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Rick Scott: GOP needs to unify around Donald Trump

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Florida Gov. Rick Scott is telling #NeverTrump’ers: Get with the program.

“My goal with regard to the presidential race is to get the Republican Party unified,” he said. The Naples Republican, who officially endorsed Trump, spoke to reporters after a Florida Cabinet meeting.

“It’s a clear choice,” the governor said. “We’ve got a businessperson, Donald Trump, who knows how to build jobs. On the other side, we have a career politician that’s never created a job in her life,” referring to leading Democratic contender Hillary Clinton.

Scott added Trump “wants to build up our military, secure our borders, destroy ISIS,” referring to the Islamic State militant and terrorist group. “Hillary Clinton is not focused on securing our borders, has never been focused on building our military, and had a chance on destroying ISIS and failed.”

Scott was briefly mentioned as a vice-presidential choice, a story he swiftly swatted down. “I’m going to stay in this job and finish this job,” he said earlier this month.

When asked about Republican stars like former Gov. Jeb Bush and U.S. House of Representatives Speaker Paul Ryan withholding support for the real estate mogul-turned-reality TV star, Scott said to “focus on November.”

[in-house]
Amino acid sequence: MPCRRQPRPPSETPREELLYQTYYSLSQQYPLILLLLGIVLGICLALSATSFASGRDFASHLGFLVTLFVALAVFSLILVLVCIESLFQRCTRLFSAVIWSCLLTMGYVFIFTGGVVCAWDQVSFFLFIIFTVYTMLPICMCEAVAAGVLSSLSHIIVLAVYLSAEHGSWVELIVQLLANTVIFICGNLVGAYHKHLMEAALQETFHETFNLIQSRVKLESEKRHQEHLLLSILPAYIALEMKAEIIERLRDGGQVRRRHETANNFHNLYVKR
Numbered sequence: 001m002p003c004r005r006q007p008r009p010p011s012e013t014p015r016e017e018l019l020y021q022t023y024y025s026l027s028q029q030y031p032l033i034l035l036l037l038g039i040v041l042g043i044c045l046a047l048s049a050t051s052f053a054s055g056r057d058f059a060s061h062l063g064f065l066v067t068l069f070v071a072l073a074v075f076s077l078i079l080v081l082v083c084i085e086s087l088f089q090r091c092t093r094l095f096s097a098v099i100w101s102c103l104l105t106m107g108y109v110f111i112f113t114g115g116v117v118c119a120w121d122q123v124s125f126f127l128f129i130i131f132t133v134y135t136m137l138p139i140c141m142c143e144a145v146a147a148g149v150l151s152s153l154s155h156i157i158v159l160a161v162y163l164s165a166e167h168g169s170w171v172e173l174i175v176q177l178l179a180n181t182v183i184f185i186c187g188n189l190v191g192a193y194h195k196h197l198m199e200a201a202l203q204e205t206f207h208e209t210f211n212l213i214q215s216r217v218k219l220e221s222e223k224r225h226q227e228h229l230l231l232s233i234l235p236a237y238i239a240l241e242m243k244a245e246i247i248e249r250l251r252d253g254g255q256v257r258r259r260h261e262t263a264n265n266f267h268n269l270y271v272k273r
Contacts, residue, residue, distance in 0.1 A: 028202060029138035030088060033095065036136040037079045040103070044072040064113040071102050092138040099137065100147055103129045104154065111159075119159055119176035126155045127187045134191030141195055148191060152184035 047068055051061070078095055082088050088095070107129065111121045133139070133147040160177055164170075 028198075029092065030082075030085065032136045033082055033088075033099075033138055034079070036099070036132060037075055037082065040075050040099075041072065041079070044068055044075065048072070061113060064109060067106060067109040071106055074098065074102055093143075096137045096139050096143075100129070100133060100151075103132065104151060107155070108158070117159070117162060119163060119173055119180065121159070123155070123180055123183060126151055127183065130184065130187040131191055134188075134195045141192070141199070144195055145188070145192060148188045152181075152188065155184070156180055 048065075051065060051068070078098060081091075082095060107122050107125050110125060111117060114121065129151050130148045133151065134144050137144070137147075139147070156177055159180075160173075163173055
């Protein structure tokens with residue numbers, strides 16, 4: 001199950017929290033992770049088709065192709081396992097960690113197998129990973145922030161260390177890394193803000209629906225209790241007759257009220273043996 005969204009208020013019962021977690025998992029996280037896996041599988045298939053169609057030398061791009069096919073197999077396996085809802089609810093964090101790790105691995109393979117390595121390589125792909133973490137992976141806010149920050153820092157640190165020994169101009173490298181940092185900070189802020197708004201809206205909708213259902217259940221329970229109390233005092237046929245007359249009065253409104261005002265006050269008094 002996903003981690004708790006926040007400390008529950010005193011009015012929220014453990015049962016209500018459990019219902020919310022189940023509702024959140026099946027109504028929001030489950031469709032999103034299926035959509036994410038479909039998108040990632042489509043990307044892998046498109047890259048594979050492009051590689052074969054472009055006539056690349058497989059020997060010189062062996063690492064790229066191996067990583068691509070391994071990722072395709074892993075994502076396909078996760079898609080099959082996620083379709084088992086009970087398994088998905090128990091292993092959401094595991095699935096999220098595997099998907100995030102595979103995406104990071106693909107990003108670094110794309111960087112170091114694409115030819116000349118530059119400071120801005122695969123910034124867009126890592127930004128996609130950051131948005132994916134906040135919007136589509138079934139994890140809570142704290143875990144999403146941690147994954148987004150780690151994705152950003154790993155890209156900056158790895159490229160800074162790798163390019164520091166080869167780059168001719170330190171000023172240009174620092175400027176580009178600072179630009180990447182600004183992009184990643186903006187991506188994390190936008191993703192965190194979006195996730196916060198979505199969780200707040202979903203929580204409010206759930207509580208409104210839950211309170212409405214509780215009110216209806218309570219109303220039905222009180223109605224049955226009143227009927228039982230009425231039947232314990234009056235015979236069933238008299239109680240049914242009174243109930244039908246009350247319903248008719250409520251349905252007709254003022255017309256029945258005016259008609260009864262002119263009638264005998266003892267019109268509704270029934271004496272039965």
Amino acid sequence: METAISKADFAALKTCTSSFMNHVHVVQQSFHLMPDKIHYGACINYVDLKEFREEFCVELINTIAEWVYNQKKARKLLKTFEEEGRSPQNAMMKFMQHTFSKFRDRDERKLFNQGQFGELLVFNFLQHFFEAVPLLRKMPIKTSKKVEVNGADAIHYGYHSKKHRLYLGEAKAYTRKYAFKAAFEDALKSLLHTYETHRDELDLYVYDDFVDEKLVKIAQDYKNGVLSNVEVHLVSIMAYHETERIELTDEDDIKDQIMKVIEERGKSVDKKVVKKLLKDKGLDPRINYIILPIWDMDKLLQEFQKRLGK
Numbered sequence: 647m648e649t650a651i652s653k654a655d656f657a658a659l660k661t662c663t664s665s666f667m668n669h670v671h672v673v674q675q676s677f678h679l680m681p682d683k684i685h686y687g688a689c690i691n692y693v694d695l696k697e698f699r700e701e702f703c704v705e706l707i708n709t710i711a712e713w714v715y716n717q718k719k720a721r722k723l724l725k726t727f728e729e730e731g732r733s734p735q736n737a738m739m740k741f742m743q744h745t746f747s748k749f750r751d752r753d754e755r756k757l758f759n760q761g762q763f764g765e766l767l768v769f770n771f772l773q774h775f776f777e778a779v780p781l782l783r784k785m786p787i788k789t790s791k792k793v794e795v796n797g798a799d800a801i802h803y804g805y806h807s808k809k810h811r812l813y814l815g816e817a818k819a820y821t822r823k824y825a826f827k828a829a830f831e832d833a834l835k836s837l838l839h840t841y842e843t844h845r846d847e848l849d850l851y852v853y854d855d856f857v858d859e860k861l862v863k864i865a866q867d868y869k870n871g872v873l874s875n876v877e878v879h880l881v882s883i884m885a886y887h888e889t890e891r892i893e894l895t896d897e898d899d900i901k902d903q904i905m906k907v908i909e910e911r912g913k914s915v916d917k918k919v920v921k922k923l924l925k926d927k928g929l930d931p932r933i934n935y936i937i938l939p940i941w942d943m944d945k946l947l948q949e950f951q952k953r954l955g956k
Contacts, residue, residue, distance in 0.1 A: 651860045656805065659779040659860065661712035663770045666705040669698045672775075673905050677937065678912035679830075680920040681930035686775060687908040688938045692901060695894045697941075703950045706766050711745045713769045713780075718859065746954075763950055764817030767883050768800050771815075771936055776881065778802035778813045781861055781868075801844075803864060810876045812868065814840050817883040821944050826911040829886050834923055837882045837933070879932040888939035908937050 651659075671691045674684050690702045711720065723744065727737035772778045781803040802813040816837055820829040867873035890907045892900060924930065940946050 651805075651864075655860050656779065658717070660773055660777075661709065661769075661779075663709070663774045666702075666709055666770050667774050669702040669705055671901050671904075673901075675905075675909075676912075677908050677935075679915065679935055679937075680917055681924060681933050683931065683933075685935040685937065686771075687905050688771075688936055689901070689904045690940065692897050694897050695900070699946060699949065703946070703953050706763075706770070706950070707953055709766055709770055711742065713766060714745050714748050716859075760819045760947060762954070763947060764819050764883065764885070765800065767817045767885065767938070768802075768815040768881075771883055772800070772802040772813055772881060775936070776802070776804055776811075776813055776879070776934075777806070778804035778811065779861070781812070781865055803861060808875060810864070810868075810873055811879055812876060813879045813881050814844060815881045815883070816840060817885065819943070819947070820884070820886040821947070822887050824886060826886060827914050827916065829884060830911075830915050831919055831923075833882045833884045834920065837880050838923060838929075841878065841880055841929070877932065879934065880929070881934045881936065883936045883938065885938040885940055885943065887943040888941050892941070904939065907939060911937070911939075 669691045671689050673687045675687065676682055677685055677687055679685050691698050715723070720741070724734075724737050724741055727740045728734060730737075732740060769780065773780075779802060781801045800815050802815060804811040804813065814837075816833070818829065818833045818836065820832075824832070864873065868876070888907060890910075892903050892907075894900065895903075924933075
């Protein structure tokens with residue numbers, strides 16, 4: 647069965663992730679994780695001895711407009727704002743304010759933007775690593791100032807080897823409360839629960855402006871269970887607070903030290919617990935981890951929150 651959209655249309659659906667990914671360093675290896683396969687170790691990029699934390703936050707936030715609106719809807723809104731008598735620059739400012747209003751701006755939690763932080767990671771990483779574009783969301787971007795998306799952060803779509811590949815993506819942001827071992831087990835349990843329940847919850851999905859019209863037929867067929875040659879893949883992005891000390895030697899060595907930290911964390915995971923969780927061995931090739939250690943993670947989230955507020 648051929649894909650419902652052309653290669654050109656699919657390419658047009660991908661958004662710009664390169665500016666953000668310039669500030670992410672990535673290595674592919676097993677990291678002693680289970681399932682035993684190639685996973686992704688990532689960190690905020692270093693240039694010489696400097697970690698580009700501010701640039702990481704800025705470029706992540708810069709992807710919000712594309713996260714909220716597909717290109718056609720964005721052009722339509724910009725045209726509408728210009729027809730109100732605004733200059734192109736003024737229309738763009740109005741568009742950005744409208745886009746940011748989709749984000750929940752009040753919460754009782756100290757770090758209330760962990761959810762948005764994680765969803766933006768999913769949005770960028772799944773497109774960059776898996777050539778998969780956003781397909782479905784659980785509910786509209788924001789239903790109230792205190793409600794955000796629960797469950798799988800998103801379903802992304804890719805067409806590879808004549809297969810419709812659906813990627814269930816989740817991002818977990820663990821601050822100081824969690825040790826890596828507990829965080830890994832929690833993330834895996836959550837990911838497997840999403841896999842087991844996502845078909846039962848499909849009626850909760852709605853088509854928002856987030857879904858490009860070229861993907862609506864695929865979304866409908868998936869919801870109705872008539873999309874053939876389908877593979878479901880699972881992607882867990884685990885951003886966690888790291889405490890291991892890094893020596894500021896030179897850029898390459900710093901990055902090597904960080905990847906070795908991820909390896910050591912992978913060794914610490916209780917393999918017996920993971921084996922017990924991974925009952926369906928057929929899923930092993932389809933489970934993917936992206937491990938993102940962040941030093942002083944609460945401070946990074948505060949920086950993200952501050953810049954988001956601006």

“I mean, if you look at what’s happened in the last eight years, with Barack Obama in the White House, look at taxes, the regulations,” Scott said. “He’s made it very difficult to do business in this country. We need somebody who’s going to focus on jobs. You can’t build up your military if you don’t build up more jobs.”

All three of the other statewide officials: Attorney General Pam Bondi, Chief Financial Officer Jeff Atwater and Agriculture Commissioner Adam Putnam – all Republicans have said they will support Trump if he clinches the party’s nomination at July’s convention in Cleveland.

Trump now has 1,068 of the 1,237 needed to win, according to the Real Clear Politics delegate tracker. Clinton has 2,228 of the 2,382 she needs. Primary voters in West Virginia and Nebraska go to the polls today.

“People need to focus on what’s important right now: We have to win,” Scott added. “We can’t have another four years where our taxes are going up; there’s inflation. Think about this state. We deal with federal overreach all the time. They tell us how to do our job. We ought to be able to make decisions on our own.”

Before joining Florida Politics, journalist and attorney James Rosica was state government reporter for The Tampa Tribune. He attended journalism school in Washington, D.C., working at dailies and weekly papers in Philadelphia after graduation. Rosica joined the Tallahassee Democrat in 1997, later moving to the courts beat, where he reported on the 2000 presidential recount. In 2005, Rosica left journalism to attend law school in Philadelphia, afterwards working part time for a public-interest law firm. Returning to writing, he covered three legislative sessions in Tallahassee for The Associated Press, before joining the Tribune’s re-opened Tallahassee bureau in 2013. He can be reached at

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